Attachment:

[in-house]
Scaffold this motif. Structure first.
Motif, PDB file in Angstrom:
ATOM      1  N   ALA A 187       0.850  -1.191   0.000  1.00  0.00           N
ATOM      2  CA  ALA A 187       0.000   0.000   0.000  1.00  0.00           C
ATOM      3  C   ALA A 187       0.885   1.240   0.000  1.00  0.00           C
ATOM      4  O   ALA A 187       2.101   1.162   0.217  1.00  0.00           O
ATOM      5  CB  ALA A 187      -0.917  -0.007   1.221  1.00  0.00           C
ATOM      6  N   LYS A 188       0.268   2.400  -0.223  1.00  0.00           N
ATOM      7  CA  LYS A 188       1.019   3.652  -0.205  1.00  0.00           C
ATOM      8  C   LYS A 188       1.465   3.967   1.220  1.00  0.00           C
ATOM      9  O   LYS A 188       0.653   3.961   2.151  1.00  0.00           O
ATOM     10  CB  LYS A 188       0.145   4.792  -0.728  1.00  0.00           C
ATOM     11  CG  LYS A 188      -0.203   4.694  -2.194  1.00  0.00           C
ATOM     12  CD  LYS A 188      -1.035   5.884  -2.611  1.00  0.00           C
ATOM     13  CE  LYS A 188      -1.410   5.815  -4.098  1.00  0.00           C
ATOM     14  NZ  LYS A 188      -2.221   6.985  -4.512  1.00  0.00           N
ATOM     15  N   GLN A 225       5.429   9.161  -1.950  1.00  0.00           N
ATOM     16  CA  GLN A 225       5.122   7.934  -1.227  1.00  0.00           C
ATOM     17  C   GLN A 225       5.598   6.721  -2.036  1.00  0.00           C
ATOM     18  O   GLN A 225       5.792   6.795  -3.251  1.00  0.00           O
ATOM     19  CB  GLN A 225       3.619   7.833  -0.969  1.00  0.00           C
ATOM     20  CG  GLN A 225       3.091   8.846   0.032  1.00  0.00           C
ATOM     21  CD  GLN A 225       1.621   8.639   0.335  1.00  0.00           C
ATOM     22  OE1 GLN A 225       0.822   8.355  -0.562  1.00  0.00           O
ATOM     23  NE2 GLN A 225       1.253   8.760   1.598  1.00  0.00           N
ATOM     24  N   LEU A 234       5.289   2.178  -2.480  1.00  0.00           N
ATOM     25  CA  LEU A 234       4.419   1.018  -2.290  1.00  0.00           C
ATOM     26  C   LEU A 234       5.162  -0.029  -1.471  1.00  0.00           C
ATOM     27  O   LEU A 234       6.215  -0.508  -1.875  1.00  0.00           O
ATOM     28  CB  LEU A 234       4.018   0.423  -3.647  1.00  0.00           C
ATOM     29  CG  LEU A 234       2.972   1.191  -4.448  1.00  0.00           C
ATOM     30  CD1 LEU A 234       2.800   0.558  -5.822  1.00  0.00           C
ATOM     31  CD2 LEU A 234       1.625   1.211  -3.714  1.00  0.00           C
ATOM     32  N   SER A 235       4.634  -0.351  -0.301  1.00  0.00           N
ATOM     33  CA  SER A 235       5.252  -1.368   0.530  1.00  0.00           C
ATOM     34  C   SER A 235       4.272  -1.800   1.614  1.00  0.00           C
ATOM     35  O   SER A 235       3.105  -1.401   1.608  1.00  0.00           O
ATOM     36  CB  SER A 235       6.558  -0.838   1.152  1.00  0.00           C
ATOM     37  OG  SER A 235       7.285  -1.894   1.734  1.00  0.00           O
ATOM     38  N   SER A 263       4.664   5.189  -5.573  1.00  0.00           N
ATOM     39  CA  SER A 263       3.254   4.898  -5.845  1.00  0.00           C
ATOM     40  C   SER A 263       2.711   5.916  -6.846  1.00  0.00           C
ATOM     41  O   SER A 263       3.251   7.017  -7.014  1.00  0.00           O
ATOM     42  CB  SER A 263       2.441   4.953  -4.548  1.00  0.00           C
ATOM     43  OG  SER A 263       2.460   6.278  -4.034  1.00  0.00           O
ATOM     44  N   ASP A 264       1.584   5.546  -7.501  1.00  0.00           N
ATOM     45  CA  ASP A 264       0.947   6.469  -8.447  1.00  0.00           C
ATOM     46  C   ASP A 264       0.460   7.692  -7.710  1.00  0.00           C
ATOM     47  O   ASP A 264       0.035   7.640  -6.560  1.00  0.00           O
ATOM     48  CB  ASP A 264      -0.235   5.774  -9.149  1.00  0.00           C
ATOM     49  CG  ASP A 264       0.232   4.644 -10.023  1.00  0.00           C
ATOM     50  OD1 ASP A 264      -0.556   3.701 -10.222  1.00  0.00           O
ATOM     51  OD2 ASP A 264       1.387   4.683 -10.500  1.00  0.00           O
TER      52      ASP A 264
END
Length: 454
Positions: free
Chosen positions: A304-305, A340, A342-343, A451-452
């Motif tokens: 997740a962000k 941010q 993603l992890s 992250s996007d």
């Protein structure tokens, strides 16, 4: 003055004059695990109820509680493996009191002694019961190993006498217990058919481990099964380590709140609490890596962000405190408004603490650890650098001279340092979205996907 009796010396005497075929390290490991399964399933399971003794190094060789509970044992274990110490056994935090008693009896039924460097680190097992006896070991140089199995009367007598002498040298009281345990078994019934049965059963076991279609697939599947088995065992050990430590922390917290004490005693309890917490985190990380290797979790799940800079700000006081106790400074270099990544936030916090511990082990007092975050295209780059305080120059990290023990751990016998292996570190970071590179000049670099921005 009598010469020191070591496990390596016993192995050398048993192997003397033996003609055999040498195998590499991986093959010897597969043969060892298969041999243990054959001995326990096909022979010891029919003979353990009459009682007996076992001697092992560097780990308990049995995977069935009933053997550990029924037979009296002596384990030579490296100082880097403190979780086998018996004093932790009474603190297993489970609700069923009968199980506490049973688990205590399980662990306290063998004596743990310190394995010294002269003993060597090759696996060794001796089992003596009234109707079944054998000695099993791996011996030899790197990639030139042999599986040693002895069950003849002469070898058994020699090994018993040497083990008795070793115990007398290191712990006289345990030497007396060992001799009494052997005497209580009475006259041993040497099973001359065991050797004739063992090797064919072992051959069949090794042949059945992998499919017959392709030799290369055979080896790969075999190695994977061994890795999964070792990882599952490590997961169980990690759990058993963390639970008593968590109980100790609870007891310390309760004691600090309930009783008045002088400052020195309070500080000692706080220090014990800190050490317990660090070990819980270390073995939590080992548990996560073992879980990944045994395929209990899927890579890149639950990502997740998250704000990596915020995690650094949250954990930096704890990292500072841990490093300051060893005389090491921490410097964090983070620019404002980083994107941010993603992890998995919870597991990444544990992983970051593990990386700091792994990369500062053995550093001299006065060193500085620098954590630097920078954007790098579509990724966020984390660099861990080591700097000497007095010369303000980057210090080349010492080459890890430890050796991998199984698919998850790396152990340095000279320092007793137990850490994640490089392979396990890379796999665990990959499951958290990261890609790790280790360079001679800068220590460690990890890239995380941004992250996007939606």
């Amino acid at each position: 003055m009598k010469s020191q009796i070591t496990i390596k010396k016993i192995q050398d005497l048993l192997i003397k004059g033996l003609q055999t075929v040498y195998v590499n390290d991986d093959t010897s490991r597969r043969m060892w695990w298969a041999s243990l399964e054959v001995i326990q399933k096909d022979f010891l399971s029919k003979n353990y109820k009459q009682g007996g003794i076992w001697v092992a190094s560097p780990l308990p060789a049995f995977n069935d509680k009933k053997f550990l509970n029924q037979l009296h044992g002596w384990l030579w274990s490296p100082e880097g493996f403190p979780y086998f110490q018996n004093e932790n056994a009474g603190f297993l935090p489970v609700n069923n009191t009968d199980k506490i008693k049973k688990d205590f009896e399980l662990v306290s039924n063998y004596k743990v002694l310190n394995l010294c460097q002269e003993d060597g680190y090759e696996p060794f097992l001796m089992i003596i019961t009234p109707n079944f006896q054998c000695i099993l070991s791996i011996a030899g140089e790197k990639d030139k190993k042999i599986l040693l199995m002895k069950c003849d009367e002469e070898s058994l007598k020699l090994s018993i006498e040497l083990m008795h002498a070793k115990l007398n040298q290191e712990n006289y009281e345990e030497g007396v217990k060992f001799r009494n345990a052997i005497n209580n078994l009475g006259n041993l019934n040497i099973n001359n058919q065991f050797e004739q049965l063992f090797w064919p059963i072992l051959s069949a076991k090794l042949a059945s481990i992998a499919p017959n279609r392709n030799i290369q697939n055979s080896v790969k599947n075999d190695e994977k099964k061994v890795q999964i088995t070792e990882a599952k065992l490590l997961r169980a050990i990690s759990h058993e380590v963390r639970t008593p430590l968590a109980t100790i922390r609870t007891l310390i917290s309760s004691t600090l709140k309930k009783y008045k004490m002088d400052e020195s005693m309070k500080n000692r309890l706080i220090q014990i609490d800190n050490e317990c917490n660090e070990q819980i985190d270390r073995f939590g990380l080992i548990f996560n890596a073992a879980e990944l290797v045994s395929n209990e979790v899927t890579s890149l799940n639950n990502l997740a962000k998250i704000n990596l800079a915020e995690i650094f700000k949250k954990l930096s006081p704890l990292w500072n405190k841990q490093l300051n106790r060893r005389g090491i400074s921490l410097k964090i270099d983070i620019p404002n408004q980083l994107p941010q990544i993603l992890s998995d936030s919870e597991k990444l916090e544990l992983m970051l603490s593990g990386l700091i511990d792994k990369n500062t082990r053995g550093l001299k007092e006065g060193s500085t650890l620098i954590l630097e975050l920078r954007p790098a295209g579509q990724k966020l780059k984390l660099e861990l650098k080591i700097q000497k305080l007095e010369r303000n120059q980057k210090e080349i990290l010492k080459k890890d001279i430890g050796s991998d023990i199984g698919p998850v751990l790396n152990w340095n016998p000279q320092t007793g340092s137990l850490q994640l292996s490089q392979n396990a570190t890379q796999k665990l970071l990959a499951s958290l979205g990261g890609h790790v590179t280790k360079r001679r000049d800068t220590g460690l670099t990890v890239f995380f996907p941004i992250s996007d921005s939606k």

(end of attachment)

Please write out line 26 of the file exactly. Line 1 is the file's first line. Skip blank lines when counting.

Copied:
ATOM     23  NE2 GLN A 225       1.253   8.760   1.598  1.00  0.00           N